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post #11 of 35 Old 06-09-2016 Thread Starter
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Re: Jib sheets

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Originally Posted by aloof View Post
Sta-Set and the like are 50 year old technology. Any newer line, Spectra, or whatever, is so much better that buying that old rubbery polyester core is just silly. You can definitely downsize moving from Polyester core. Go as small as the winches and clutches will allow. Compare the working load ratings...
I just don't see the value in that expensive line when I can get 8 to ten years out of the Dacron. And I won't need to learn new splicing techniques as we've eye splices in both ends of the jib sheets (all sheets, actually) so we can turn them end for end annually.
It's not like we are racing or even performance sailing. We are looking for the most comfortable ride we can get, because we don't get to choose the weather we have to sail in, and our customers don't really enjoy getting the crap beaten out of them.
The 3/4 works splendidly on our 65's and I can only imagine how easy it would be to over-ride 1/2" line on those huge drums.
But should a couple of hundred feet of that newer line of appropriate size fall into our hands, we would certainly give it a try. I'll keep checking the mail buoy as we sail past.

"Any idiot can make a boat go; it takes a sailor to stop one." Spike Africa aboard the schooner Wanderer in Sausalito, Ca. 1964.
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Last edited by capta; 06-09-2016 at 01:56 AM.
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post #12 of 35 Old 06-09-2016
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Re: Jib sheets

I like larger diameter line better as I get older(65) because I find it much to easier to grip.
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post #13 of 35 Old 06-09-2016
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Re: Jib sheets

Cappy,
Aloof I think said it the best "rubbery" tie one of those old sheets to something you'd be pulling the world not the boat play it out like 20' grab hold and lean back hard. I tell you will be surprised!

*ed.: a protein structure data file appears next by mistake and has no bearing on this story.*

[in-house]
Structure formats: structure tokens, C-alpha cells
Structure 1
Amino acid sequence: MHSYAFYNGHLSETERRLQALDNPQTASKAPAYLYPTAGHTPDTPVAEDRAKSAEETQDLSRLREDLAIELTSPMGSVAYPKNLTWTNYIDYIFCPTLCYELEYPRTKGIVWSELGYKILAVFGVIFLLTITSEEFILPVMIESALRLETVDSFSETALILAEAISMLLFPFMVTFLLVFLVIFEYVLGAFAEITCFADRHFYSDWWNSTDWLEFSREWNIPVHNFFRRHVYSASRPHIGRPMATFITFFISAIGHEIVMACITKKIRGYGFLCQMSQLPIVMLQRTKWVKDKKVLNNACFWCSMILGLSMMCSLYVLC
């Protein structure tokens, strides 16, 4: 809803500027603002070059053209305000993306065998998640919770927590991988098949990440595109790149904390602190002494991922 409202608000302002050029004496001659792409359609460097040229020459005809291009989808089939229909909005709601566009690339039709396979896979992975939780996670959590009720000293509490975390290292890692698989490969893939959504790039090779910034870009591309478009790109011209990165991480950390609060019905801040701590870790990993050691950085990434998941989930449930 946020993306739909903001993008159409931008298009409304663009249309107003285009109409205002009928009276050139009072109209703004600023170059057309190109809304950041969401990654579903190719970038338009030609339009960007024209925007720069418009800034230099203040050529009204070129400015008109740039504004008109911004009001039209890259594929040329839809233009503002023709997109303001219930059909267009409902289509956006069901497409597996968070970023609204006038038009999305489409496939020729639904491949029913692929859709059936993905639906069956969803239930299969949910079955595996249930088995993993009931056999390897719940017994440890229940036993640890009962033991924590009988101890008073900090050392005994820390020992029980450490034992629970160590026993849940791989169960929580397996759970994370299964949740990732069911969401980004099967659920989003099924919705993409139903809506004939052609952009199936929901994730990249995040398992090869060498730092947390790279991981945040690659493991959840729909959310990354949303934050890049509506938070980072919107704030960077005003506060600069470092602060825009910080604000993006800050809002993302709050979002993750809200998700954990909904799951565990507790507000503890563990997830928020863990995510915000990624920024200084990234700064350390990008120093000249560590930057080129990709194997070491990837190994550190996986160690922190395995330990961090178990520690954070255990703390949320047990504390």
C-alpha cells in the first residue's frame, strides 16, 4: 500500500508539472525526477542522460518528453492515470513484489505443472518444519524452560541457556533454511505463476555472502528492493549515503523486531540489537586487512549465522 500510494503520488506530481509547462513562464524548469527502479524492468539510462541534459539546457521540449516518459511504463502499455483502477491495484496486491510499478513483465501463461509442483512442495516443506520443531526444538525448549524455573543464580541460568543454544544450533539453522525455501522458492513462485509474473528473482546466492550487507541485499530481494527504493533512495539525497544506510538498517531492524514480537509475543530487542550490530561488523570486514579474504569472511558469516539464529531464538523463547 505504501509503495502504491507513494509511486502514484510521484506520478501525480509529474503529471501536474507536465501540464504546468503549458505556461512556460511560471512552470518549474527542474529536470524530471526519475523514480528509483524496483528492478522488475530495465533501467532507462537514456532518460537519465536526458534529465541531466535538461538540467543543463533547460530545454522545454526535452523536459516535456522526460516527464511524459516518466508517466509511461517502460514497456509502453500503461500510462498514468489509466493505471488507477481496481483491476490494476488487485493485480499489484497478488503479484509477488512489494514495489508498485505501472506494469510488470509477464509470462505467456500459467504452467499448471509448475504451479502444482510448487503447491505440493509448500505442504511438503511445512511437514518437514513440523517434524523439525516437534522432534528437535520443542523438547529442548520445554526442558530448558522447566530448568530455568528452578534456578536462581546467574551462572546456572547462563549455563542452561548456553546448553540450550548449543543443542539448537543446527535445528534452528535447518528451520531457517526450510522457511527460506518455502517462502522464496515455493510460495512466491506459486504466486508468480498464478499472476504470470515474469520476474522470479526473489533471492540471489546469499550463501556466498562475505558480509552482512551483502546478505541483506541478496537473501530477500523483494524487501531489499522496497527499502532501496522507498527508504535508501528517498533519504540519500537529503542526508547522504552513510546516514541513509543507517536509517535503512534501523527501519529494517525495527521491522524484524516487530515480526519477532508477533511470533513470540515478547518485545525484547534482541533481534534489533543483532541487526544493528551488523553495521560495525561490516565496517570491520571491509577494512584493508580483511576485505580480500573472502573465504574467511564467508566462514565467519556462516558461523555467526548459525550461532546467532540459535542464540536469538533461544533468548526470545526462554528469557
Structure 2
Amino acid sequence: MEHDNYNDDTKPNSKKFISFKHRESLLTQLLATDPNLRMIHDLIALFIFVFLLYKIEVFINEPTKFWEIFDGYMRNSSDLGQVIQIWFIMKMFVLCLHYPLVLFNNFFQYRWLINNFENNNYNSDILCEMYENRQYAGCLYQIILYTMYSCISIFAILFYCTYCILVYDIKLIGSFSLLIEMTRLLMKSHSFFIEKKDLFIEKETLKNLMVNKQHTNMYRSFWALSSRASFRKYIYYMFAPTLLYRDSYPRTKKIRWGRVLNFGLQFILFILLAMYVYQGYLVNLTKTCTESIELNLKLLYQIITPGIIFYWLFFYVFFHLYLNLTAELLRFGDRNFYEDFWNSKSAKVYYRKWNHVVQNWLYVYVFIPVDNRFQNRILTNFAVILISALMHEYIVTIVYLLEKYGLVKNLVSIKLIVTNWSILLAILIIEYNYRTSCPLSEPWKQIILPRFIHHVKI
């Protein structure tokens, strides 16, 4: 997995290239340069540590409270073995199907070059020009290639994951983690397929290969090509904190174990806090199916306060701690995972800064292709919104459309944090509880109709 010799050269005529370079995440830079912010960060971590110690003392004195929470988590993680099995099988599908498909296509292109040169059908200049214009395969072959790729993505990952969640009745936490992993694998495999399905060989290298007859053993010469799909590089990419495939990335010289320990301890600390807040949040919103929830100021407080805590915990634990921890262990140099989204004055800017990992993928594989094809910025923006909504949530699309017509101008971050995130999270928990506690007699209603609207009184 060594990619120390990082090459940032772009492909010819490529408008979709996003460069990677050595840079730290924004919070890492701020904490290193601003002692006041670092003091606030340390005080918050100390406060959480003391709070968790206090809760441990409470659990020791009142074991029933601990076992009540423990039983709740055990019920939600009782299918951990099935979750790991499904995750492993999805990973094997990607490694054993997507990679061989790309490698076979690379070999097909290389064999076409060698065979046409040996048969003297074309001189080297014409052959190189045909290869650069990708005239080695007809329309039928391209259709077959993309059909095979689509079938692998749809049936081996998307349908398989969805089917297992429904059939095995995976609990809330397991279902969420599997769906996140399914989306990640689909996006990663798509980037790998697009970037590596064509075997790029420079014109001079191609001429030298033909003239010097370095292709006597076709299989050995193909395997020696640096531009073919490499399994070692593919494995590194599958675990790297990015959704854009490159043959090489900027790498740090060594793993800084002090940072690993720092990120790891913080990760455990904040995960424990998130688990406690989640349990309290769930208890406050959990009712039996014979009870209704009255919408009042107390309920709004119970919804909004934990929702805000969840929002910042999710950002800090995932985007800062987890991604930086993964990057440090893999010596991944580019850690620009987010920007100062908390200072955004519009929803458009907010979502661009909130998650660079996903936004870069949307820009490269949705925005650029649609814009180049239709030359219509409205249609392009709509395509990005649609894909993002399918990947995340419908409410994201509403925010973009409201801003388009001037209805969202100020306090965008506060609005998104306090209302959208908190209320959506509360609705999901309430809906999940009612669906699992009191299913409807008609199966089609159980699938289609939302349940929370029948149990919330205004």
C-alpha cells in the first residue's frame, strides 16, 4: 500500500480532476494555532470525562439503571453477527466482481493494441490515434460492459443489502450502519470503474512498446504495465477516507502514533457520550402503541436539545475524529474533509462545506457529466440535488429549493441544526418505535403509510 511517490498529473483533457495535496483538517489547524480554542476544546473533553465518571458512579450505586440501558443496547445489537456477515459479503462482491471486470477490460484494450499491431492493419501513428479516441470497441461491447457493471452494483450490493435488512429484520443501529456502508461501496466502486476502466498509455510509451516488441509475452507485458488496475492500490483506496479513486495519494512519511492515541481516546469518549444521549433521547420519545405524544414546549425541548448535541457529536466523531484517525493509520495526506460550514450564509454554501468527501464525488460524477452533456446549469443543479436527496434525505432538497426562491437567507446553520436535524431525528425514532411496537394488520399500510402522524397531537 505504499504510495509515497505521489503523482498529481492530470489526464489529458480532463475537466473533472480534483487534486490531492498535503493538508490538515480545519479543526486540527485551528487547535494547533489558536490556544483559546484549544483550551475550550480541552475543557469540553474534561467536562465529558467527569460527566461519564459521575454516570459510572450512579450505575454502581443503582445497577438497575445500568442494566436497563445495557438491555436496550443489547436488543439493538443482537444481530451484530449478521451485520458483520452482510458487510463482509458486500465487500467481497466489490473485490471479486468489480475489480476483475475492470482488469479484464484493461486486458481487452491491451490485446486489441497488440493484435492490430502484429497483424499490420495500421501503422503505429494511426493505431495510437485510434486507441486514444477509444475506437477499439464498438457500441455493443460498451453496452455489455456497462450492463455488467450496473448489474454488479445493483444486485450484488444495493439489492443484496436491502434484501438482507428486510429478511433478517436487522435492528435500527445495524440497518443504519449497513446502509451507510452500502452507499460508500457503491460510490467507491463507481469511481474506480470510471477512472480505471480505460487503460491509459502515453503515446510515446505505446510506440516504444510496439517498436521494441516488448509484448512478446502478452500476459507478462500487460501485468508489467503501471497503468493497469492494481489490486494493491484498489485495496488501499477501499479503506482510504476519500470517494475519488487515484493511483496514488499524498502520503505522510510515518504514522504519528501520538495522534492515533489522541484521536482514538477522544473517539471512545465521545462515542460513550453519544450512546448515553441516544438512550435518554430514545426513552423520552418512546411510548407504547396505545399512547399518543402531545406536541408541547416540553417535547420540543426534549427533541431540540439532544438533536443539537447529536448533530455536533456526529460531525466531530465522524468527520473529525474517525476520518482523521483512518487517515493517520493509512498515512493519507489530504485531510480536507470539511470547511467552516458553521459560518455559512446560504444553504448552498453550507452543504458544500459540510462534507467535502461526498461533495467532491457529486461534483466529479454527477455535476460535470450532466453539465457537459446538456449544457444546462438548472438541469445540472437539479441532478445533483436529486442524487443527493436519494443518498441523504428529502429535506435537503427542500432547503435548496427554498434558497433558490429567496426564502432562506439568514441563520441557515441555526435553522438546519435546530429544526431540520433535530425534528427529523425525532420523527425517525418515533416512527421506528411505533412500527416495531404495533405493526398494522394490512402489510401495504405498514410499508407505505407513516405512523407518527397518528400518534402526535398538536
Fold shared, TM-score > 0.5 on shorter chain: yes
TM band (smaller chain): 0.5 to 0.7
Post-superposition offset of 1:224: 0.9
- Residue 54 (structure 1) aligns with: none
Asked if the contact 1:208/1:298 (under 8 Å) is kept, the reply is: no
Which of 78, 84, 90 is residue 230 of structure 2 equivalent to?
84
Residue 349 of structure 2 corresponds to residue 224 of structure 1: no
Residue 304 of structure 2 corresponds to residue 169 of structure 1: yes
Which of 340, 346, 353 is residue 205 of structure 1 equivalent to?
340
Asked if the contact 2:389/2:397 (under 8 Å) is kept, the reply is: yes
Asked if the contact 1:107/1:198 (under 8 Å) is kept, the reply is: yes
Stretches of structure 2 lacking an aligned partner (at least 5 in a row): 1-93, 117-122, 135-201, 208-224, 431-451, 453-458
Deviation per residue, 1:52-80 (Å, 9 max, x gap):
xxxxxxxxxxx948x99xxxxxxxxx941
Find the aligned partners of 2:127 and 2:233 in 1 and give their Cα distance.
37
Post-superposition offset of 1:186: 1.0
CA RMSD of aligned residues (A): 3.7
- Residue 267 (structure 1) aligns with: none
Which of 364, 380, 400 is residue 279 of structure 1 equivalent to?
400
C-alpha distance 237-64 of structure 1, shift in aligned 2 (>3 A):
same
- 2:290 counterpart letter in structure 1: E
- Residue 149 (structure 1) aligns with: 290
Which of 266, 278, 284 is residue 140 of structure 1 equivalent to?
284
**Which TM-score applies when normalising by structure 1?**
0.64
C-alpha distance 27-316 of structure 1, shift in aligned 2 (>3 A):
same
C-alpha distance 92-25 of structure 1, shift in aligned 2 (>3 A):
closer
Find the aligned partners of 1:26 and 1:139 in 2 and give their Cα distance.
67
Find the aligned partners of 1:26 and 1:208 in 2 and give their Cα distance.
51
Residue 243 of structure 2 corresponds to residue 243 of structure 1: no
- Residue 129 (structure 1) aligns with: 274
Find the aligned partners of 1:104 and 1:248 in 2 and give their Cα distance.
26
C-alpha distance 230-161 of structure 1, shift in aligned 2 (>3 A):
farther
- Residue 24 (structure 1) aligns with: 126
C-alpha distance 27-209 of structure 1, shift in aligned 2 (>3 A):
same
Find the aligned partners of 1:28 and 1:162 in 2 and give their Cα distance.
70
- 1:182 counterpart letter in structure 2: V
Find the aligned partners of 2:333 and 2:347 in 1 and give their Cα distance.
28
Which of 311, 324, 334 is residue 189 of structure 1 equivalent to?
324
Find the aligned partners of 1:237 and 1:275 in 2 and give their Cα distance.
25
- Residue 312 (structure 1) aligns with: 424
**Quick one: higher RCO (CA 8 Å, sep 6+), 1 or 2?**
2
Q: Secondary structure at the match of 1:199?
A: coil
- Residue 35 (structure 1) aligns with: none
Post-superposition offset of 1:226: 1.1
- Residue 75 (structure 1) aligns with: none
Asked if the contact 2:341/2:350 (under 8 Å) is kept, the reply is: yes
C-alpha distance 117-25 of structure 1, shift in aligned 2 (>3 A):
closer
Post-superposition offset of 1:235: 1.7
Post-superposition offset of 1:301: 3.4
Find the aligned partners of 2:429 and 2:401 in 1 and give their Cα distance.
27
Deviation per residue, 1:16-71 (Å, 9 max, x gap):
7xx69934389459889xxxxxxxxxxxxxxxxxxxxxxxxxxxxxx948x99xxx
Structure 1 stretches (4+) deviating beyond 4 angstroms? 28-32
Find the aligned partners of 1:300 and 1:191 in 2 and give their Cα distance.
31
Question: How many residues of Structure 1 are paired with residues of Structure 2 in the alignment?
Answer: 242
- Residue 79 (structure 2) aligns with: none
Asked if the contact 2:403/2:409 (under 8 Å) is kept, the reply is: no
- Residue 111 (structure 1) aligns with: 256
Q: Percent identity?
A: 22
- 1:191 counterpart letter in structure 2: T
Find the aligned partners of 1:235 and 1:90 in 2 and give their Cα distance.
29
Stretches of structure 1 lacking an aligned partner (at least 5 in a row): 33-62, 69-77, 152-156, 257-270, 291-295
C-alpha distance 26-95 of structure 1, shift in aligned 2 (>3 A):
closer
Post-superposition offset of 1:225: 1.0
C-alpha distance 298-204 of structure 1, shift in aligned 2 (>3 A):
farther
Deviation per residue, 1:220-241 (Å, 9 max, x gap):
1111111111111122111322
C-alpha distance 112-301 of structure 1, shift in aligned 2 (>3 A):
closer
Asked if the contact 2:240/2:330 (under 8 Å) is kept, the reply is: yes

I think I know what you're saying about stay set, last year I replaced a halyard with stay set x and the cover has gotten real fuzzy the regular stay set I find a bit slippery when new it tends to stay that way for a year or more and the samson xls has more a cloth feel to it. Personally I use the samson for that reason.
I also agree with Seabeau with the hand on the line feel and getting my 9.75 little sausages around tiny lines is hard.

And finally if you get something with like a Dyneema "braided" core with a "braided" polyester cover splicing is done the exact way as your use to.
Doing something fancy is optional.

There are brands of rope (I'm off the boat) that have Dyneema core with fillers to give it more volume for better hand, braided so you can splice the same way etc etc.

there you go...

Last edited by rckfd; 06-09-2016 at 07:21 AM.
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post #14 of 35 Old 06-09-2016
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Re: Jib sheets

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Originally Posted by rckfd View Post

And finally if you get something with like a Dyneema "braided" core with a "braided" polyester cover splicing is done the exact way as your use to.
Doing something fancy is optional.

There are brands of rope (I'm off the boat) that have Dyneema core with fillers to give it more volume for better hand, braided so you can splice the same way etc etc.

there you go...
While I agree that the right answer is to step up to a dyneema core, the lines are not spliced the same. With dyneema cores the entire strength of the line is in the core, the cover is just there for abrasion and uv protection, so it takes a different splice. It's actually an easier splice to do that a double braid eye splice, but it is different. Personally I tend to raper the end and just do a bare eye splice, but you can also leave it covered and pull the cover over the eye, I just don't bother. In five years or so you just cut off a couple feet and re-splice it.


I would probably recommend 1/2" Yale Maxibraid Plus. It's the same strength as 3/4" sta-set, less than half the weight, and because it uses a polyester cover instead of a Kevlar/Technora cover like endurabraid far less expensive. It's basically entry level dyneema, not as good as the high end, but at a far cheaper price.

The only supplier for the 3/4 Sta-Set i could find as asking $2.70/ft the Maxibraid runs about $3.

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post #15 of 35 Old 06-09-2016
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Re: Jib sheets

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Originally Posted by Stumble View Post